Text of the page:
In some embodiments, retaining members 14 are pullable between the expanded and unexpanded configurations such that when pulled to the expanded configuration, retaining members 14 are locked in the expanded configuration. Each retaining member 14 comprises a frustoconical base 80 configured for disposal in a corresponding frustoconical-shaped cavity 82. In such embodiments, the retaining members 14 are pulled from the unexpanded configuration to the expanded configuration in situ. The retaining members 14 can be pulled manually by a medical practitioner or with the use of a surgical tool (i.e., pliers, etc.). Retaining members 14 are locked in the expanded configuration so as to sustain compressive forces and distract lamina L1 from lamina L2 a desired distance.

In some embodiments, spacer 10 includes retaining members 14 having an engagement surface for contacting lamina L1, L2, as disclosed herein. The engagement surfaces each protrude from body 12 via a support, such that the supports extend a distance from body 12 to allow the engagement surface to engage lamina L1, L2. During or prior to the surgical procedure, a medical practitioner drills or cuts sagittal slots into lamina L1, L2 complementary to the profile of retaining members 14. During insertion, spacer 10 is positioned such that retaining members 14 align with the slots to define the insertion path of spacer 10 into an interlaminar space. Once aligned, retaining members 14 are slid into the slots to maintain a desired spacing between lamina L1, L2.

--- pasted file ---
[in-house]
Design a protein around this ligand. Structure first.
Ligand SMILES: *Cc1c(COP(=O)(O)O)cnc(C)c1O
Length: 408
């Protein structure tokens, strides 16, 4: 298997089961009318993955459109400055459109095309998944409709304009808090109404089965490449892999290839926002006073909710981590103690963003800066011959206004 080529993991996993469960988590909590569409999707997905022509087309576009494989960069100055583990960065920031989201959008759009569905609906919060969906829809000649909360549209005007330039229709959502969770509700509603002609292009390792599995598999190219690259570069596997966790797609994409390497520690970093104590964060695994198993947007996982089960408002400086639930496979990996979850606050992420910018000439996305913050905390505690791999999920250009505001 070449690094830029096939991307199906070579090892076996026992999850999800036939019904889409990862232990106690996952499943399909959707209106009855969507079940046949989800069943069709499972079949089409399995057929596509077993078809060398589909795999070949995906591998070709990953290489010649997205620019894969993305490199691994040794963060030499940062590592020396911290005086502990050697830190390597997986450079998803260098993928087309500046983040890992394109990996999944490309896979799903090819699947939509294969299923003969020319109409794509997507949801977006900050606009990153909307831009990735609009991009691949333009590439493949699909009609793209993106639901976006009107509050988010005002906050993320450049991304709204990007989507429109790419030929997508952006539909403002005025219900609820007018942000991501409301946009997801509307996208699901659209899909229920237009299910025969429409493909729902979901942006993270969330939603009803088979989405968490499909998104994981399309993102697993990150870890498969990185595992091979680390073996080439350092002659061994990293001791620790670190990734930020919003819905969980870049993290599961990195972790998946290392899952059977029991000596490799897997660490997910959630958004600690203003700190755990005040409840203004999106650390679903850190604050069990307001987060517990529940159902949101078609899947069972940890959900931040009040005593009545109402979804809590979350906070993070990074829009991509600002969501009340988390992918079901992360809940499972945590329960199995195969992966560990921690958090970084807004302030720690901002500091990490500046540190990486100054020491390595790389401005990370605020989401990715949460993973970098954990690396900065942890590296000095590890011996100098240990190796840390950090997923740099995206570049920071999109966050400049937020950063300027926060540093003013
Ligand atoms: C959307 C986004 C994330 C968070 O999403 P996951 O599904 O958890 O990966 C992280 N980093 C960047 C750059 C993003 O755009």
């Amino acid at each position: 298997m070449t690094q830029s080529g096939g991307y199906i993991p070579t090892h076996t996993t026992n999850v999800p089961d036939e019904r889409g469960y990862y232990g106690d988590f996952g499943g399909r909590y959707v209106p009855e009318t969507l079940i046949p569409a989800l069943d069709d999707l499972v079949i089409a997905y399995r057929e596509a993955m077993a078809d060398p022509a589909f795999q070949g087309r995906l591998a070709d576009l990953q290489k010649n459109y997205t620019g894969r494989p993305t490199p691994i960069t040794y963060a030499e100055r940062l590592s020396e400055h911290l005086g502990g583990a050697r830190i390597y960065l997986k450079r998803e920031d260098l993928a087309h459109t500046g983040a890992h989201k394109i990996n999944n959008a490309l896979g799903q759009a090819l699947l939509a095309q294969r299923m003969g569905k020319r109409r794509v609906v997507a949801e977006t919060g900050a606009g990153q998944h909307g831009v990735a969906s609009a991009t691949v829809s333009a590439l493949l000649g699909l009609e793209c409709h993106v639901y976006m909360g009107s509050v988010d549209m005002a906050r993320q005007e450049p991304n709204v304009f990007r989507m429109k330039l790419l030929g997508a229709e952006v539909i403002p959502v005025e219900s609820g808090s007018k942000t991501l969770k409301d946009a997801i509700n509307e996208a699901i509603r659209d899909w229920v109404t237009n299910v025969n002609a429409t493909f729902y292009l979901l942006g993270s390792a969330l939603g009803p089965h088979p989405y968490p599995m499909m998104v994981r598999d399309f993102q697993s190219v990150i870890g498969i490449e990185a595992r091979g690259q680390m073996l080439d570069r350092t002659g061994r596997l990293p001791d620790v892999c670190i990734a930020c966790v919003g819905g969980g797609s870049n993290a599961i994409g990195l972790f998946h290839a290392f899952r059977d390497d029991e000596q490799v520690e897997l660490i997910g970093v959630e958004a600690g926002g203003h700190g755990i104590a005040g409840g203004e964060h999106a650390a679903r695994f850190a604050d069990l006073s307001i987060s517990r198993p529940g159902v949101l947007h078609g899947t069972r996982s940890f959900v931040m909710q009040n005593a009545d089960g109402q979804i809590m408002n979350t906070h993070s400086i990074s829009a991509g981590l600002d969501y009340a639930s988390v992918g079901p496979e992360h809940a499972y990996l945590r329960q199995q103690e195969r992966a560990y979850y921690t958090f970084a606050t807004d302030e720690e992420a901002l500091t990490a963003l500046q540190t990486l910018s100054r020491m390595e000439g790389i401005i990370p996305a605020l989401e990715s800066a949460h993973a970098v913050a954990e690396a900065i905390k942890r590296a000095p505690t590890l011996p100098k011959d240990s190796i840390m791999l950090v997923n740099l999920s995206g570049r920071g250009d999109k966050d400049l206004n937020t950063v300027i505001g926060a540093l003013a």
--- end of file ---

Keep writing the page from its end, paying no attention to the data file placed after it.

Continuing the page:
The dimensions of spacer 10 may be varied as required by a particular surgical procedure. For example, spacer 10 may have varying cross-sectional diameters to facilitate insertion into interlaminar spaces in different regions of the spine. In some embodiments, body 12 comprises a cylindrical shape having diameter D1. In some embodiments, body 12 comprises an ellipsoid shape having diameter D2. Diameter D2 is wider than diameter D1 and configured to space an upper vertebra V1 and a lower vertebra V2 a greater distance than a spacer 10 having diameter D1. In one embodiment, body 12 comprises a spherical or substantially spherical shape having diameter D3. Diameter D3 is wider than diameter D2 and configured to space an upper vertebra V1 and a lower vertebra V2 a greater distance than a spacer 10 having diameter D2. In some embodiments, an ellipsoid shaped body 12 may be used to space vertebrae L5 from S1 or L4 from L5. In some embodiments, spacer 10 having a curved body 112 is configured for insertion between two vertebrae at or above the L3 vertebra. Body 112 comprises a curved configuration to facilitate lateral or postero-lateral insertion of spacer 10 around a spinous process.